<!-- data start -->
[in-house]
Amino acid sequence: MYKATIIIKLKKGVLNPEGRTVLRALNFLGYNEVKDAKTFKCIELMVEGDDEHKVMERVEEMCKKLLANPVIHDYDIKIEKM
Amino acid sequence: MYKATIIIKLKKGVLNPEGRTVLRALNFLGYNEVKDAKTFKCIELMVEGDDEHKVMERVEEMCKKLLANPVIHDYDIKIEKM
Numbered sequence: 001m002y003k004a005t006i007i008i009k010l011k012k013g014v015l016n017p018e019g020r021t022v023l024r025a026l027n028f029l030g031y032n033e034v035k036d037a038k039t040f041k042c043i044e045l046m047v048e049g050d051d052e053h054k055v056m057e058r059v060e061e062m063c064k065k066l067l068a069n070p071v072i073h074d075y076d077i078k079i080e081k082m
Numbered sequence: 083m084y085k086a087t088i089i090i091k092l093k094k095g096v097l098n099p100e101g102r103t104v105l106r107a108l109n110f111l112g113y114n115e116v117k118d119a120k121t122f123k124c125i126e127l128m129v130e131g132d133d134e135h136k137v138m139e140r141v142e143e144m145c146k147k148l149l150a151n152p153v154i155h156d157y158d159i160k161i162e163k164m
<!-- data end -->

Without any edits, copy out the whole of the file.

[in-house]
Amino acid sequence: MYKATIIIKLKKGVLNPEGRTVLRALNFLGYNEVKDAKTFKCIELMVEGDDEHKVMERVEEMCKKLLANPVIHDYDIKIEKM
Amino acid sequence: MYKATIIIKLKKGVLNPEGRTVLRALNFLGYNEVKDAKTFKCIELMVEGDDEHKVMERVEEMCKKLLANPVIHDYDIKIEKM
Numbered sequence: 001m002y003k004a005t006i007i008i009k010l011k012k013g014v015l016n017p018e019g020r021t022v023l024r025a026l027n028f029l030g031y032n033e034v035k036d037a038k039t040f041k042c043i044e045l046m047v048e049g050d051d052e053h054k055v056m057e058r059v060e061e062m063c064k065k066l067l068a069n070p071v072i073h074d075y076d077i078k079i080e081k082m
Numbered sequence: 083m084y085k086a087t088i089i090i091k092l093k094k095g096v097l098n099p100e101g102r103t104v105l106r107a108l109n110f111l112g113y114n115e116v117k118d119a120k121t122f123k124c125i126e127l128m129v130e131g132d133d134e135h136k137v138m139e140r141v142e143e144m145c146k147k148l149l150a151n152p153v154i155h156d157y158d159i160k161i162e163k164m